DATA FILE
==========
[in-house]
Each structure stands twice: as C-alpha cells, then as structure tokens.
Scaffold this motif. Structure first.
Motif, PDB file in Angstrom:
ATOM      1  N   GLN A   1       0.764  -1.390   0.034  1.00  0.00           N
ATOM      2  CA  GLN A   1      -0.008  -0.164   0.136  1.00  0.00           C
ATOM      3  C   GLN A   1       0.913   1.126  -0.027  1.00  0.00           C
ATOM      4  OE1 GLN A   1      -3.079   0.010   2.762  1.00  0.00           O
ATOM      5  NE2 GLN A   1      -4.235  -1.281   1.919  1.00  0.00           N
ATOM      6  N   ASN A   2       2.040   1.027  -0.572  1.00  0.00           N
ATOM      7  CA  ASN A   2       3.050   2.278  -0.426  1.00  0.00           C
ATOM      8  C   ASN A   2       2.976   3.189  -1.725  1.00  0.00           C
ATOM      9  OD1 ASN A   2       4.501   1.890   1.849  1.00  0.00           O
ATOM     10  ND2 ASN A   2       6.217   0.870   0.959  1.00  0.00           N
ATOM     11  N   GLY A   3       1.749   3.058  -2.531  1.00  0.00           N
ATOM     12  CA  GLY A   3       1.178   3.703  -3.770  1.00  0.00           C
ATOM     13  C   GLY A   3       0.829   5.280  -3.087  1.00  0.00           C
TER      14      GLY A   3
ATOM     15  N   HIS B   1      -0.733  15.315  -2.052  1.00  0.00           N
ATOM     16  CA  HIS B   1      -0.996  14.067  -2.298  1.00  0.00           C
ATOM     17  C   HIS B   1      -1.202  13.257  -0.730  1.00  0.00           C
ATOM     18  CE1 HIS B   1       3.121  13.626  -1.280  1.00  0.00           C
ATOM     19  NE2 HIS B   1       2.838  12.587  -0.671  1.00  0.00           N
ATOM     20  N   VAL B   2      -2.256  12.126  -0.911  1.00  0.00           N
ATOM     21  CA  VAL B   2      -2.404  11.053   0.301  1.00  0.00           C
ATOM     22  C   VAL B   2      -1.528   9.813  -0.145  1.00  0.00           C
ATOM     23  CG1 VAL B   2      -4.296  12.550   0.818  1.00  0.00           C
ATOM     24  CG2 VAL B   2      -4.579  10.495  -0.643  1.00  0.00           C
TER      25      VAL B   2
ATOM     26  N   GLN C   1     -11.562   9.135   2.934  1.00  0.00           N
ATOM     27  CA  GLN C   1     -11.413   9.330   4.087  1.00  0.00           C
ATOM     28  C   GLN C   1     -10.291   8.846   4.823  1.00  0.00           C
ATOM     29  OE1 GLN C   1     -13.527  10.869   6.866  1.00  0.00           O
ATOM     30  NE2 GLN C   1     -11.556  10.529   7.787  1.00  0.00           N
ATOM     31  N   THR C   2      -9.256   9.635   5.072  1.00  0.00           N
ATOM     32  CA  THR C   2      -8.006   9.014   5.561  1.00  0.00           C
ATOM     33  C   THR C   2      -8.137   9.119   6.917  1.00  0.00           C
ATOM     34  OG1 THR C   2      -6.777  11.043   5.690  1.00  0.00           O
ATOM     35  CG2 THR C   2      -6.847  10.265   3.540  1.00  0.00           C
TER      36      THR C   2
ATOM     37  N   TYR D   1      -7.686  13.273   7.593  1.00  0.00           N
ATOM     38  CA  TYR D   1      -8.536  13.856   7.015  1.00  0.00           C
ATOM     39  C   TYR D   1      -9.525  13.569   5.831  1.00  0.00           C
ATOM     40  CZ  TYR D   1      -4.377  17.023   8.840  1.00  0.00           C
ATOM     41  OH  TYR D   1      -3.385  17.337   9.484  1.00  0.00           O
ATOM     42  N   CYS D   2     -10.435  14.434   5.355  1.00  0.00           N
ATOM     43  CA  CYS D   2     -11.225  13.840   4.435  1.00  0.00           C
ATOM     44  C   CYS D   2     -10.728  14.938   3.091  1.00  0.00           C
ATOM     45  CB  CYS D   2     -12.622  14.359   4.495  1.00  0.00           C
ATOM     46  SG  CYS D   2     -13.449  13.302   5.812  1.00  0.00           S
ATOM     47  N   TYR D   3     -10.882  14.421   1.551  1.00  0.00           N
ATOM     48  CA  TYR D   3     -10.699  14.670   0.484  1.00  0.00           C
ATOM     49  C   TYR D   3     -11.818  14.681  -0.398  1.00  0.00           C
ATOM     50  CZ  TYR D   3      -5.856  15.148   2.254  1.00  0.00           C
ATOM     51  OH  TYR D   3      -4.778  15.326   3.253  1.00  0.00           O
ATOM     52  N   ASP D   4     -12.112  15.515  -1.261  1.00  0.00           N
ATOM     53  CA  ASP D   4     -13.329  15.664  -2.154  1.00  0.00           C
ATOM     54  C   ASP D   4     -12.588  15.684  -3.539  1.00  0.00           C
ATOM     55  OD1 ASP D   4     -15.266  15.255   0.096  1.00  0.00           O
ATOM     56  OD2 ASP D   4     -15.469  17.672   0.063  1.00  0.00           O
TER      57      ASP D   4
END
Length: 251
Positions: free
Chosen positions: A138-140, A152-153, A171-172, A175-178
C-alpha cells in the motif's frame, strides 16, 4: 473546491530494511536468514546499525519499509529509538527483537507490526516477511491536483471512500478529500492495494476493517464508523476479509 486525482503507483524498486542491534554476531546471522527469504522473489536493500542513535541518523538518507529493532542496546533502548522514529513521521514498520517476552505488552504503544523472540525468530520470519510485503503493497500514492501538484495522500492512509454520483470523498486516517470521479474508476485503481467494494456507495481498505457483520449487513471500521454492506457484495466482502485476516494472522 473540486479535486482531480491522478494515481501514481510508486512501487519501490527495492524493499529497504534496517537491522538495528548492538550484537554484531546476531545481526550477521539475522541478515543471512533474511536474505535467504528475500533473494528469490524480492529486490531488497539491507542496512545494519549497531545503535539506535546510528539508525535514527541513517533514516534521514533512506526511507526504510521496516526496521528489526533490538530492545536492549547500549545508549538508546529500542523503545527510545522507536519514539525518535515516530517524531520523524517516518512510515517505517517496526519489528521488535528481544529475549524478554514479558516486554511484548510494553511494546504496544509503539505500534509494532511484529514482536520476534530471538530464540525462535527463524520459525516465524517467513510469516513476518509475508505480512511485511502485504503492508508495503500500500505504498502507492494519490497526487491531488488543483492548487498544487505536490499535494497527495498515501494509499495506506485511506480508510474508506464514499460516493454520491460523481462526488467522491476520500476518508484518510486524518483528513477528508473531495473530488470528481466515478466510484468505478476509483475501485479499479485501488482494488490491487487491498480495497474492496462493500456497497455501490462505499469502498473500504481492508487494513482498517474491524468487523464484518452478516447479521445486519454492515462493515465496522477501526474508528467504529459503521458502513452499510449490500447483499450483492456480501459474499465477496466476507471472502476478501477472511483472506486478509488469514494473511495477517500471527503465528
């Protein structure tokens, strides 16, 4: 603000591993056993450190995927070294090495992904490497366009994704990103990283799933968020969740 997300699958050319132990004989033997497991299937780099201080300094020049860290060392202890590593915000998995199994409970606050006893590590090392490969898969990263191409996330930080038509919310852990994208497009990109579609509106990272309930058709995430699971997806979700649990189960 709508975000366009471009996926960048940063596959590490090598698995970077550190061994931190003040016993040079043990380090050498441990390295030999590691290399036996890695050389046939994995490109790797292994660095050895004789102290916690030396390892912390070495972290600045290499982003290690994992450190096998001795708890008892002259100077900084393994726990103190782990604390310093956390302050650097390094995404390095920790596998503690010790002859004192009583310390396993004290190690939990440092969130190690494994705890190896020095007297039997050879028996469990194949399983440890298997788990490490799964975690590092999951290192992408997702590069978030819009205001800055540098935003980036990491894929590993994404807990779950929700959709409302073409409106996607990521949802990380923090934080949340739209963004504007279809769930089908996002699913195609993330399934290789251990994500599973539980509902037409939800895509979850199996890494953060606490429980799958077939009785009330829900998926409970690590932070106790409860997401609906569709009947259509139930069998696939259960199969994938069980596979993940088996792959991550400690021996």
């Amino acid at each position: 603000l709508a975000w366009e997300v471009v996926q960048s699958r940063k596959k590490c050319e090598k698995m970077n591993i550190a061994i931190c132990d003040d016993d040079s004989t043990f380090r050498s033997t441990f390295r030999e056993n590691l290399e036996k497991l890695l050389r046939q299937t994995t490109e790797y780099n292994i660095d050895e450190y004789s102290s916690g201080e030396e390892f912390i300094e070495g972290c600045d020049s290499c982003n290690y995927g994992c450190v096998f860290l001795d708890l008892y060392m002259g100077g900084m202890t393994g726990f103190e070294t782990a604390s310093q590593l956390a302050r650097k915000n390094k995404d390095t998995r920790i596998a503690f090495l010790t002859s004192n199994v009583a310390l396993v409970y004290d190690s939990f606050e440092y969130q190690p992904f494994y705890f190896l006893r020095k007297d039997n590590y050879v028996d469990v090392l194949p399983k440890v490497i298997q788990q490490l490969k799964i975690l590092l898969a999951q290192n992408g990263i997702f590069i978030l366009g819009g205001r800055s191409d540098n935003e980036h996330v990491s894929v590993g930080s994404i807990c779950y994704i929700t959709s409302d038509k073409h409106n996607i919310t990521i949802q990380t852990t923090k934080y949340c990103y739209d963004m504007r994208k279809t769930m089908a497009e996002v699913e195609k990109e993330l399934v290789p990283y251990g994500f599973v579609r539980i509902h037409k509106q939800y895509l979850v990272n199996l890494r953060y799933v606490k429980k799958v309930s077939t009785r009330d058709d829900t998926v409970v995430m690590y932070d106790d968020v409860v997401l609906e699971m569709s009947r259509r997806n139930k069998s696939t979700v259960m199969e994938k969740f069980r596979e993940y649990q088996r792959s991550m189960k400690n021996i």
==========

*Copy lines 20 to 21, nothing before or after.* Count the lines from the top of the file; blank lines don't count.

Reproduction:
ATOM     16  CA  HIS B   1      -0.996  14.067  -2.298  1.00  0.00           C
ATOM     17  C   HIS B   1      -1.202  13.257  -0.730  1.00  0.00           C